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Shawn Bohigian

Partying in an abandoned hotel in Mexico City

Matte Projects took their ambitious BLACK project slash party out of New York for the first time

“BLACK is more than a party in a lot of ways,” says Max Pollack of Matte Projects. “We started it as this dark celebration of New York, doing an epic kind of darker sound and aesthetic. Then we really started wanting to push the visuals and pushing the artistic value more and more, to the point where it was really about – how do we bring musicians, visual artists together and create this experience?”

I’m sat with the three founders of Matte Projects in Mexico City, who are taking their BLACK party (although the three are keen to stay away from the p-word) out of New York and into another country for the first time. They say that the first time that they really felt they realised their vision of what BLACK is was in 2015 – featuring Gesaffelstein, Jon Hopkins and Flat White (Virgil Abloh), they lost $300,000.

“There was all this shit that happened on Halloween, where these parties got busted and the city basically shut down liquor licenses for pop-up events in a warehouse, says Matt. “We were working on it but literally the night before they were like ‘there’s no way that’s happening’. It was one of the best parties we ever did though. It was amazing.” They’re a charismatic, wildly optimistic trio, clearly obsessed with what they do and that it must be fun.

This year, for the first time, BLACK moved out of New York and into another country. In Mexico City Matte Projects tapped Seth Troxler, Thugfucker and Moon Runner to play and commissioned Latin American artists based in Mexico to help define the club’s look –  with each artist responding to the same brief.

“The aesthetic of the entire event was certainly affecting – Hotel Reforma is a wild space in which to throw a party, but it was the contribution of the Latin American artists that really created the atmosphere,” says Aldo Chaparro, a Peruvian sculptor whose angular designs were scattered around the building. “The beauty of ruin, of the destroyed, the beautiful in what time has transformed very slowly, with that calm and determination that only rust and erosion can create in its constant and relentless mechanism of destruction.”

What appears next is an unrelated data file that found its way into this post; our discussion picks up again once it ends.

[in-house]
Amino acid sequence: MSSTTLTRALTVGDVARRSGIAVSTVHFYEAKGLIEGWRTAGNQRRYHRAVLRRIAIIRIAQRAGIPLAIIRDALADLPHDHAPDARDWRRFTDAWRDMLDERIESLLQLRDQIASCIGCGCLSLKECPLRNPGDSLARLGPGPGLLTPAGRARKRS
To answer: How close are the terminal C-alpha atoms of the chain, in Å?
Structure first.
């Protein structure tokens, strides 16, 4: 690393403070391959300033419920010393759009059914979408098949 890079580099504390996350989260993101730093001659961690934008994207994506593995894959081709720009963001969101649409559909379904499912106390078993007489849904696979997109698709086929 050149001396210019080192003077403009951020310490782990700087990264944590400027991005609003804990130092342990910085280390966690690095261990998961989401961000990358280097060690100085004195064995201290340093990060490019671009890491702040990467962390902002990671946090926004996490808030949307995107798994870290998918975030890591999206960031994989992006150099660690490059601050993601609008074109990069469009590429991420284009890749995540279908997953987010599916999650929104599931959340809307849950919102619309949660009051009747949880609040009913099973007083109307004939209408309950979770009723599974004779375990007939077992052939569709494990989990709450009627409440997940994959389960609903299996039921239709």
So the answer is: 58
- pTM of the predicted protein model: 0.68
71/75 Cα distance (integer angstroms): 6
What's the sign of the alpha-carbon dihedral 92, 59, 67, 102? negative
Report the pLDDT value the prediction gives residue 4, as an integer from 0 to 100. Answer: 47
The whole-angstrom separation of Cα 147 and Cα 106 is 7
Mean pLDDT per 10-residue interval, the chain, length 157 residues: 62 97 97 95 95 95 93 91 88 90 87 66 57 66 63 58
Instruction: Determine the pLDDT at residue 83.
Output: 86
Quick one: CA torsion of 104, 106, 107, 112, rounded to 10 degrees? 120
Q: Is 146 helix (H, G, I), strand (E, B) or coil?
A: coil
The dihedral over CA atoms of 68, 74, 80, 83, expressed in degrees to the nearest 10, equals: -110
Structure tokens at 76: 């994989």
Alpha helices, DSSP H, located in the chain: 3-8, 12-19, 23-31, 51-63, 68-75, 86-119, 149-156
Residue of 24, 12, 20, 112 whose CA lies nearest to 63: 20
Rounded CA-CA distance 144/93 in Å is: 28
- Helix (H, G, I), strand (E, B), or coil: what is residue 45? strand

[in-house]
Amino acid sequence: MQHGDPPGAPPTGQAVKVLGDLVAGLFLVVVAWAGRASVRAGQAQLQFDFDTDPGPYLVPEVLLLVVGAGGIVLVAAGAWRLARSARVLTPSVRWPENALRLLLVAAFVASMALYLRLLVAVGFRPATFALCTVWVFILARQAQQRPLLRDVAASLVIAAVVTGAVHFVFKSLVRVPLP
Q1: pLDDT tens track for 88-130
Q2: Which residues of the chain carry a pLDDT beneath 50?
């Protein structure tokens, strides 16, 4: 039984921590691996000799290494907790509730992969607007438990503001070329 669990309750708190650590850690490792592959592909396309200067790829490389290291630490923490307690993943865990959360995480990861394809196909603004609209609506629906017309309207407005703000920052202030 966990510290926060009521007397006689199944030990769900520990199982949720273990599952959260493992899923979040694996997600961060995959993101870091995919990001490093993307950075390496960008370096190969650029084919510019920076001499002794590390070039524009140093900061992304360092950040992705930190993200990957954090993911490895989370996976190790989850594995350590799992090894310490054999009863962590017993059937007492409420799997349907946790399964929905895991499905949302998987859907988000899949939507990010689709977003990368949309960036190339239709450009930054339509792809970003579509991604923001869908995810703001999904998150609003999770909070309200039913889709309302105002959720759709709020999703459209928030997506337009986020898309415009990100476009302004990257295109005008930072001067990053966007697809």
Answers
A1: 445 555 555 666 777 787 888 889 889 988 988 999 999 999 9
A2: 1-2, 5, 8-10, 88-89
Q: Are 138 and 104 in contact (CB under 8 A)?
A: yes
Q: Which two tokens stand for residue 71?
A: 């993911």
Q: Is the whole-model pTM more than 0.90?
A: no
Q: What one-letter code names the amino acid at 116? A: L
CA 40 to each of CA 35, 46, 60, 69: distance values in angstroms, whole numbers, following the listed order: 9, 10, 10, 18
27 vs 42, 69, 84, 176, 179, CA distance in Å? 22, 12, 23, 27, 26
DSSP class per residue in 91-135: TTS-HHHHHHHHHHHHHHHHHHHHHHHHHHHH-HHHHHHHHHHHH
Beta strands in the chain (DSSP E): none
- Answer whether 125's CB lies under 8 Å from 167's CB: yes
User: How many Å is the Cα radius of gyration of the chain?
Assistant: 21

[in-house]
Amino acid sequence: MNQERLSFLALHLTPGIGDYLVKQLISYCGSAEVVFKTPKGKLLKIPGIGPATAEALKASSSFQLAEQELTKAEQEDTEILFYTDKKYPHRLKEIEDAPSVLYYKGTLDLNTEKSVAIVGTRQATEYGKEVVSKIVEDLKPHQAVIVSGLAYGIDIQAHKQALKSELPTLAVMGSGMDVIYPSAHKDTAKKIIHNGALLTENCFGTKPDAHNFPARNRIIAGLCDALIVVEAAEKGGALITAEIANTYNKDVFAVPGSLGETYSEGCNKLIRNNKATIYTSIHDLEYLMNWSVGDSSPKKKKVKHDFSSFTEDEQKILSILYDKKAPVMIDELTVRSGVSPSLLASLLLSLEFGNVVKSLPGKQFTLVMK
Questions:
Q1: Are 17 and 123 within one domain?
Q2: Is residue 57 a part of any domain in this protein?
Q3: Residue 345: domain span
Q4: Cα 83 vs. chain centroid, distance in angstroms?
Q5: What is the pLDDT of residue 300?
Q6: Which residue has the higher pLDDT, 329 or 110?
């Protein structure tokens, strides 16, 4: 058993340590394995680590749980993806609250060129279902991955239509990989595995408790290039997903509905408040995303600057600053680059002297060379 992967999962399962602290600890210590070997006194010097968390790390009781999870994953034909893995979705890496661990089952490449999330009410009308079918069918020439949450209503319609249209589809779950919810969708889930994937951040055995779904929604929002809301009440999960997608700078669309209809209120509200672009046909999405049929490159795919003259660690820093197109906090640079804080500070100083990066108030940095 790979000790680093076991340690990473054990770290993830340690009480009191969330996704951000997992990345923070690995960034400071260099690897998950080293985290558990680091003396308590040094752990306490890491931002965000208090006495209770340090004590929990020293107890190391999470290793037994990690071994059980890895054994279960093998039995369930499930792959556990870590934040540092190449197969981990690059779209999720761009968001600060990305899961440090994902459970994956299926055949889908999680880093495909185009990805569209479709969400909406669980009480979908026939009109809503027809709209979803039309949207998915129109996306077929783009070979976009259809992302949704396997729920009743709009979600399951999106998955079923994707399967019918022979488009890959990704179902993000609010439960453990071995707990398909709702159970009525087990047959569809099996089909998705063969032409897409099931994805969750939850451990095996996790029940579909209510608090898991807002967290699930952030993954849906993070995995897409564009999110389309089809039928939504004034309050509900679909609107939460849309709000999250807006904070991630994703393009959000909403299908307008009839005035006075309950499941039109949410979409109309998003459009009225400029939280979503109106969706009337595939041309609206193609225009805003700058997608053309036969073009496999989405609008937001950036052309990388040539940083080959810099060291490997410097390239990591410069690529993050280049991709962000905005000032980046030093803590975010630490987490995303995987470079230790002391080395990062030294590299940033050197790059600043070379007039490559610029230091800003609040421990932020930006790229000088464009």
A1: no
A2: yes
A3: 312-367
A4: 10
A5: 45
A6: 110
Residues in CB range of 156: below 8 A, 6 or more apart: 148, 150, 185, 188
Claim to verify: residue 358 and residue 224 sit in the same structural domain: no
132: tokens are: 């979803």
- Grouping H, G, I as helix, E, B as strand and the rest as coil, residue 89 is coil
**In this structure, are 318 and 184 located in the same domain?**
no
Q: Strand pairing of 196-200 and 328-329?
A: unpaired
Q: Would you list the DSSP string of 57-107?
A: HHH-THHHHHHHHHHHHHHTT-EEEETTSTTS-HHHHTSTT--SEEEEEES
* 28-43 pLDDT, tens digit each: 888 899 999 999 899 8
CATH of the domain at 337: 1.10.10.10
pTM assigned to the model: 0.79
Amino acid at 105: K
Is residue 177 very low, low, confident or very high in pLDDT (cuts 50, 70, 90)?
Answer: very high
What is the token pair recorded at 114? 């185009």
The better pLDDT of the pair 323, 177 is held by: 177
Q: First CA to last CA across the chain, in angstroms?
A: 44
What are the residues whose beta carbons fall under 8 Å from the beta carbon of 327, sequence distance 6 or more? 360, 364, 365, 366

Hotel Reforma was certainly an arresting destination, the perfect setting to run a historic clubnight. There was no issue with filling out the space – there was a packed dancefloor, but the art installations offered places of respite in which to gather your thoughts or take a break.

With so much ambition shown in terms of the design, the curation of the music felt somewhat lacking and slightly jarring. The audio environment was apt for the avant-garde, not the safety of a superstar DJ like Seth Troxler, whose heard-it-all-before house felt out of step with the futuristic vision presented in terms of design. Given that the three discuss the staleness of New York’s party scene and the lack of a spot that pulls “drag queens and bankers” together, it felt like the sonic experience could have been more ambitious, or at least riskier, particularly given how mindblowing they’d made the venue look.

The night ended strangely when – and this is from a statement provided by MATTE – “a glass barrier fell from the second floor of the venue and injured several people on the dance floor at around 5am.” Fortunately, nobody suffered life-changing injuries, but it was a paralysing moment when nobody was quite sure what was happening. “Bringing people together is the most powerful and beautiful things we do as a company,” Max continued in a statement. “People have fallen in love, amazing friendships have blossomed, and lives will be born in direct consequence to the gatherings and positive emotions we’ve created. Saturday’s accident is a shocking reminder that we are also not exceptionally exempt from the darker side of life.”

The next installment of BLACK returns to New York’s Brooklyn Hanger on April 8 and the eclectic lineup (Tommy Genesis, Midland, Trim) is way more in keeping with their admirable ambitions for what a party could, and should be. Their first foray into international territory didn’t come without missteps but marked a place in the sand as to how they’d like to take BLACK to the future.